The book SQL Antipatterns covers this topic in depth in the chapter "Implicit Columns".
The most typical use of a wildcard for the fieldnames in a query is when writing an ad-hoc query. It is faster to type '*' than it is to type in each field name that you want returned. Programmer time is fairly expensive, so it makes sense not to worry about the slight performance gain when running an ad-hoc query, where you'll waste more time typing in the names.
However, you still should have some knowledge of the database schema, because waiting for the values from a blob column on a large number of rows can waste a lot of time too, especially if all you wanted was the primary key value.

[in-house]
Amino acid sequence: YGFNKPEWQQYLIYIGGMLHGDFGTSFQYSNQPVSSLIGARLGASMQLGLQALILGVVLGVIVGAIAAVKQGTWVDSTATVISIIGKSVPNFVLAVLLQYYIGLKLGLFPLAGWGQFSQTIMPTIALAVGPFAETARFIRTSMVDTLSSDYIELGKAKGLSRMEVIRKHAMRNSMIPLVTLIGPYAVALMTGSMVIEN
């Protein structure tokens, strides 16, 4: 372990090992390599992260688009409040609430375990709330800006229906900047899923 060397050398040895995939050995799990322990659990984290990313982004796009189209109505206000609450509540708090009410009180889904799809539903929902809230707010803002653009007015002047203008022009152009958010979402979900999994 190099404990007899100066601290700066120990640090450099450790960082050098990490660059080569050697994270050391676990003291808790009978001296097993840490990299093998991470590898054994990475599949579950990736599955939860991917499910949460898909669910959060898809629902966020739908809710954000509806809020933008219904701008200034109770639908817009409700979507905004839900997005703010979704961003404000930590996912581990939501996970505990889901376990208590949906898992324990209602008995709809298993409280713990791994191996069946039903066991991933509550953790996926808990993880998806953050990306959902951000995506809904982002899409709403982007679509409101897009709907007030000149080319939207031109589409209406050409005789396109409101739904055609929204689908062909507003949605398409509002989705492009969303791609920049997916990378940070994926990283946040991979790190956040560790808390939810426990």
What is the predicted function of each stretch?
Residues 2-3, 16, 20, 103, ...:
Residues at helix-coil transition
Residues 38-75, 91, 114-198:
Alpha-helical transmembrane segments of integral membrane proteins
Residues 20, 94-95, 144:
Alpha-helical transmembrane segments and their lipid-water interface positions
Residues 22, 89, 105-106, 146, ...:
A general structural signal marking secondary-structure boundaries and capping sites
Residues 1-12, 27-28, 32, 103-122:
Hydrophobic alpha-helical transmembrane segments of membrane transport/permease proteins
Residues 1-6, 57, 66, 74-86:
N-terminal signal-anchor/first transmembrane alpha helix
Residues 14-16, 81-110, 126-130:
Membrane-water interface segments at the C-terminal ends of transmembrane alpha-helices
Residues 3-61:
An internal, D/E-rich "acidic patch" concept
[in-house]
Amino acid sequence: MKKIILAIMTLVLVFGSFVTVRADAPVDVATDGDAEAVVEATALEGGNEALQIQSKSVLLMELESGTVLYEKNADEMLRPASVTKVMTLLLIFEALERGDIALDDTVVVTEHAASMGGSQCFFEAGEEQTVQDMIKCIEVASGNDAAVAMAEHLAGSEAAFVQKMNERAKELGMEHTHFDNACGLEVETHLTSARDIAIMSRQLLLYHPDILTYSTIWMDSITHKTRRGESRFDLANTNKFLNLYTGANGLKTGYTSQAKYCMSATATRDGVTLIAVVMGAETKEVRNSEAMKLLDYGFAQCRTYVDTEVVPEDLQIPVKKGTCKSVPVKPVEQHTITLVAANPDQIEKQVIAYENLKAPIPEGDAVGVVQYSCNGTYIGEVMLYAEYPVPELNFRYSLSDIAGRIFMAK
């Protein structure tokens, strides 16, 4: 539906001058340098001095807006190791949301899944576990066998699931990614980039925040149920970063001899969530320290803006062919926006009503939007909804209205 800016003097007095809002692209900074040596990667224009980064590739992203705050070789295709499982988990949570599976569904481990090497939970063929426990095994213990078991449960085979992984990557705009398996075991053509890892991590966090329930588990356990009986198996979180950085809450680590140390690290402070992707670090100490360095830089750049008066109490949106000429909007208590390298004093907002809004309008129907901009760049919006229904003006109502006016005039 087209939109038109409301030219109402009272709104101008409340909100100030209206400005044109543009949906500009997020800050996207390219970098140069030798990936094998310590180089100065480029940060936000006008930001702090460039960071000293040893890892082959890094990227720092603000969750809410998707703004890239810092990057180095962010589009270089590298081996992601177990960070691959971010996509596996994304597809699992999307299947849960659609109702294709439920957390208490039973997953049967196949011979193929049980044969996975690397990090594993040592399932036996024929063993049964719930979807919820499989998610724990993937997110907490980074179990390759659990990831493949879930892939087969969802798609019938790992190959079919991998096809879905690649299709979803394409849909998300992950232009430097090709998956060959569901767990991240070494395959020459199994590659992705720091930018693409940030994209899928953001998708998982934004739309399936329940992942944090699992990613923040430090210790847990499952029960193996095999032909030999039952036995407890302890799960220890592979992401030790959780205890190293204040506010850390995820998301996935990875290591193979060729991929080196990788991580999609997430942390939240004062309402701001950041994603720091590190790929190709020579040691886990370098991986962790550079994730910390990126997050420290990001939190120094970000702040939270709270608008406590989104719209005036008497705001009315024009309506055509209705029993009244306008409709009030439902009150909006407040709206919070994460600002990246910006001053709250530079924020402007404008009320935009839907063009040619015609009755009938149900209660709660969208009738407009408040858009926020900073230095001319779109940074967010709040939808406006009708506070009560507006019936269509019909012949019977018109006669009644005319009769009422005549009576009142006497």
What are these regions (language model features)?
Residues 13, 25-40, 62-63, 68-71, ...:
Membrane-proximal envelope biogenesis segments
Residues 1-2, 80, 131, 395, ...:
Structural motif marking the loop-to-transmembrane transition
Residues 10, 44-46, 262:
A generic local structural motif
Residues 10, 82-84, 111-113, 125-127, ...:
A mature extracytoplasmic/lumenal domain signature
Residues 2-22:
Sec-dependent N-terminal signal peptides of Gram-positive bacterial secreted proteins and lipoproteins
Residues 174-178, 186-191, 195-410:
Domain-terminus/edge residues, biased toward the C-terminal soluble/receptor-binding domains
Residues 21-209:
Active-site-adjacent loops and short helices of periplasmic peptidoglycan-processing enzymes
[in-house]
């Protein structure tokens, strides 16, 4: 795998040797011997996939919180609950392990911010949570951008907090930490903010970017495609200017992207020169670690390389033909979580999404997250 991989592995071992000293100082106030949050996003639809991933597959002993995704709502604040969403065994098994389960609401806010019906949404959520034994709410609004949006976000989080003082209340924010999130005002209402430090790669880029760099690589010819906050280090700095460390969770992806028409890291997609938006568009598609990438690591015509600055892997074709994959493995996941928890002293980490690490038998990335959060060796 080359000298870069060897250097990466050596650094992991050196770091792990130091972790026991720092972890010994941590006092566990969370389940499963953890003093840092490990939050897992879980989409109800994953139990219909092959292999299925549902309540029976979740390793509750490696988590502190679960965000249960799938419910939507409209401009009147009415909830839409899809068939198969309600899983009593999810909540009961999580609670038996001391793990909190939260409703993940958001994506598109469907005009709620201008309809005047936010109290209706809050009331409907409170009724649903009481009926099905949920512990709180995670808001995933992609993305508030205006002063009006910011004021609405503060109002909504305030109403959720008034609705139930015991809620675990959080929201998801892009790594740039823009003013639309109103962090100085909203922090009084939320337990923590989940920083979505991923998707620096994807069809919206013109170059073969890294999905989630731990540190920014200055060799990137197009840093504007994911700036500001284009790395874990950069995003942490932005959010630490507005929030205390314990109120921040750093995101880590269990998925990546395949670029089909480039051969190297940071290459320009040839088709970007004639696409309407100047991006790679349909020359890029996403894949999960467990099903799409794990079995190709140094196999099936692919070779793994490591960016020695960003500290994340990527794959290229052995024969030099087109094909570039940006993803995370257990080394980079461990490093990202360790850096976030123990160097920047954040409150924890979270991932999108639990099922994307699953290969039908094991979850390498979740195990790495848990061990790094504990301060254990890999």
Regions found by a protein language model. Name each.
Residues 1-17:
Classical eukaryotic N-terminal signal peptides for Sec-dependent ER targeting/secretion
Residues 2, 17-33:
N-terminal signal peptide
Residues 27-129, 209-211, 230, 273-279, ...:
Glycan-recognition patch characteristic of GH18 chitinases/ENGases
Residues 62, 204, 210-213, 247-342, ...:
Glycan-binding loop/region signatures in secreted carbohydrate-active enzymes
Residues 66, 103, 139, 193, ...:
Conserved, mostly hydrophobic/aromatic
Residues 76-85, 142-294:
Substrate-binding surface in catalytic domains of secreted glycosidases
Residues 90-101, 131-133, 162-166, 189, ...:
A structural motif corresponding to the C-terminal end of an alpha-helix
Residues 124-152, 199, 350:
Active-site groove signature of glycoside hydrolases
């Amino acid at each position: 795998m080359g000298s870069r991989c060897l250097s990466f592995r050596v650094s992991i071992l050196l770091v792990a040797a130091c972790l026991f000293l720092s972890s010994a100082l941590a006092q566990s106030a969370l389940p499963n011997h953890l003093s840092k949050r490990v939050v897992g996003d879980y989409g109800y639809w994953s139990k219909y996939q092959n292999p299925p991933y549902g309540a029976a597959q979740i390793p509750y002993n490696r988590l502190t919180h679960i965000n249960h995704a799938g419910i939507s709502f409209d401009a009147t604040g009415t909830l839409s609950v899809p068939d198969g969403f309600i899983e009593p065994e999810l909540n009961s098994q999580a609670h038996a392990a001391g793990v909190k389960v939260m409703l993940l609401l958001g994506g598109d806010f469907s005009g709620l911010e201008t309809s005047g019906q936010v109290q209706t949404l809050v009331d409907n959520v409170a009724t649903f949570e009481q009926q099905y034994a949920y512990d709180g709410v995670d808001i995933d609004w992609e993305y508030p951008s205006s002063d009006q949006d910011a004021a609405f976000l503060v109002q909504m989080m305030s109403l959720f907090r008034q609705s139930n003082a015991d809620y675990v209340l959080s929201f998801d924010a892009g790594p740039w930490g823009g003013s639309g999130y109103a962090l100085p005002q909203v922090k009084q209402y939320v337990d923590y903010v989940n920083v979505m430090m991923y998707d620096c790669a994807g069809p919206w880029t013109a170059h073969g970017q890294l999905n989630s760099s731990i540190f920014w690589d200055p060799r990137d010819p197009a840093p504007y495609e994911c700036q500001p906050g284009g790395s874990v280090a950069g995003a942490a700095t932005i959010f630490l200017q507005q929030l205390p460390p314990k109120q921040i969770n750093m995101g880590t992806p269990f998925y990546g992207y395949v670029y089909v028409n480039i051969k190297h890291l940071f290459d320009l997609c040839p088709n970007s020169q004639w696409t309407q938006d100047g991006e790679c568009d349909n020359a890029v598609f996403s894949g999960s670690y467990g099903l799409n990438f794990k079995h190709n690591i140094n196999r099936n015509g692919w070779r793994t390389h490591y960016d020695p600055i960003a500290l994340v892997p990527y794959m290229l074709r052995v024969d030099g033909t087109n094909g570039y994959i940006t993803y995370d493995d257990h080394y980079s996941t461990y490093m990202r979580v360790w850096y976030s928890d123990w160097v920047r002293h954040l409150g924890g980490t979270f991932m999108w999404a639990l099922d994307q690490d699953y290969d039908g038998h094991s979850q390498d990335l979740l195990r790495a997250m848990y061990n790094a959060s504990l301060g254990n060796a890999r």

SELECT *, you might be getting good performance on a particular query because it's returning a small result set of maybe a few hundred bytes, however, add a couple of blob fields to the table for some other function, and maybe now the result set is in the millions of bytes, and suddenly your query is slow, even though the data that you actually use is very small. To avoid this problem, name the columns in your query.
If you're using
SELECT * just so you automatically have the values of new columns when they're added, you'll still be victim to the above scenario. It's a trade off, which you will have to choose.
It's valid to use
SELECT * as long as you have a reason, with the exception that laziness is not a valid reason.